Greta Andersen, Olympic gold medalist and marathon swimmer, dies at 95

Greta Andersen, a Danish-born swimmer who gained a gold medal within the 1948 Olympics and later turned the world’s biggest marathon swimmer, crossing the English Channel six occasions and usually trouncing males, together with one she beat by greater than 5 miles, died Feb. 6 at her residence in Solvang, Calif. She was 95.

Loper Funeral Chapel in Solvang confirmed the demise however didn’t present the trigger.

Ms. Andersen broke 18 world marathon swimming information throughout her profession, by no means misplaced to a girl and was the primary particular person to swim the Santa Catalina Channel back-and-forth — in practically 27 hours, nonstop. Her domination of the game left her rivals overpowered and dazed.

In 1962, at a 50-mile swim from Chicago to Kenosha, Wis., an Egyptian crew relied on Ms. Andersen because the occasion pacesetter. That technique proved unwise. As she recalled to the Orange County Register, the Egyptians dropped out after 25 miles. In frigid water, she saved going, subsiding on dietary complement sticks. After 31 hours, she crawled ashore because the winner.

To Ms. Andersen, swimming distances most individuals would relatively drive was an train in willpower. “You just don’t think about it,” she as soon as mentioned. “You forget about it and you just swim.”

Ms. Andersen was initially extra of a sprinter. At the European Championships in 1947, she gained gold within the 4-by-100-meter freestyle relay and silver within the 100-meter freestyle. The subsequent 12 months, on the London Olympics, she took gold within the 100-meter freestyle after which silver within the 4-by-100 relay.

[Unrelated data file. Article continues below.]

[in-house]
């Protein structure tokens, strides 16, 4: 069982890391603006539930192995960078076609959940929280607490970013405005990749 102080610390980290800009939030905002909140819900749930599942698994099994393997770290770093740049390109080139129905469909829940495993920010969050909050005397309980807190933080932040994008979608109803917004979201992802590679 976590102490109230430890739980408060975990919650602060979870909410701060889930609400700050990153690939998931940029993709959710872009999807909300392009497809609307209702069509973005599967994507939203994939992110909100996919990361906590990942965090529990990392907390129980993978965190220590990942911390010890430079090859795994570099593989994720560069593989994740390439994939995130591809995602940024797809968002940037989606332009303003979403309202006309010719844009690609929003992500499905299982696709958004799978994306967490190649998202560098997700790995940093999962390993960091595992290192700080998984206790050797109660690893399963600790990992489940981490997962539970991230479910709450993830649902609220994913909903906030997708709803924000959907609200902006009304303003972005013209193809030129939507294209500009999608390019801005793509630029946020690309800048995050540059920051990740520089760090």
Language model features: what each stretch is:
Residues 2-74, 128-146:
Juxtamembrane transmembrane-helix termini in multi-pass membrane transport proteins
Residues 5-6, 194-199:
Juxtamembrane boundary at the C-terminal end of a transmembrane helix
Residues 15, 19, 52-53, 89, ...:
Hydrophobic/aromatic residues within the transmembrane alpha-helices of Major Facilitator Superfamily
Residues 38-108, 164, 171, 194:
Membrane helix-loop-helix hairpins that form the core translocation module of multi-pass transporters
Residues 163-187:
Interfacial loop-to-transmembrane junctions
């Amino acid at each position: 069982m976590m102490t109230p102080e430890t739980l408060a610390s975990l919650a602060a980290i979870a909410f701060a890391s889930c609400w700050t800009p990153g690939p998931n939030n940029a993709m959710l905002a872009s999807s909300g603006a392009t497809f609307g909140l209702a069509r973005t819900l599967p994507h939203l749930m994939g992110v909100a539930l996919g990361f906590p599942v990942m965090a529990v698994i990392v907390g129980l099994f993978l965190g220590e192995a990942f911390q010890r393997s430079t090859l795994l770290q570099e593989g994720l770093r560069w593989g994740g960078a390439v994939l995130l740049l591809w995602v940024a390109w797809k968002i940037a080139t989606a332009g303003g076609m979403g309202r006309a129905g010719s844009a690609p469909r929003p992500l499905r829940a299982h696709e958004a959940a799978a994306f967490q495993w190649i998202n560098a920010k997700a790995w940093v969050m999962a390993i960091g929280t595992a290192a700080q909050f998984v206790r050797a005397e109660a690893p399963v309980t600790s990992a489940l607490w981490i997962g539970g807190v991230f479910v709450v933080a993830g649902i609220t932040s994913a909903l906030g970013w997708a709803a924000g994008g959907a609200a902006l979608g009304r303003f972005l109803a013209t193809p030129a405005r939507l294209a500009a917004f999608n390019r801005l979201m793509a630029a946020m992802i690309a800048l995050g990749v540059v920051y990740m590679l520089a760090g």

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Her third occasion on the London Games was the 400-meter freestyle. She held the world’s finest time within the occasion the earlier two years.

“I was positive I was going to win,” she recalled years later. “Nobody is going to touch me. I was strong and healthy.”

The day of the race coincided with Ms. Andersen’s menstrual interval, so the crew’s physician steered an injection to delay it. “I thought the doctor knew better than me, so I got the injection,” Ms. Andersen mentioned.

She felt good till she hit the water.

“Then I felt like paralyzed in my legs, my stomach,” she mentioned. “I just blacked out. I don’t remember. I was sinking. I was going underwater.”

A Hungarian water polo participant and one other swimmer dove in to avoid wasting her, pulling her from the pool in one of the dramatic moments in Olympic historical past. Ms. Andersen was initially devastated. Then she turned philosophical.

“So life goes on. Find something else and get happy,” she mentioned. “Whoever has a perfect life from the beginning to the end?”

Greta Andersen was born in Copenhagen on May 1, 1927. Her father was a champion gymnast, and her mom was a homemaker. When she was 12, in 1940, Nazi forces crossed the border into impartial Denmark.

“I still remember the airplane coming over,” she mentioned on the general public radio present “Only a Game” in 2016. “They were dropping all kind of pamphlets, and they said, ‘You are occupied by the Germans. You don’t have a king anymore. We are in charge.’ That was pretty horrible.”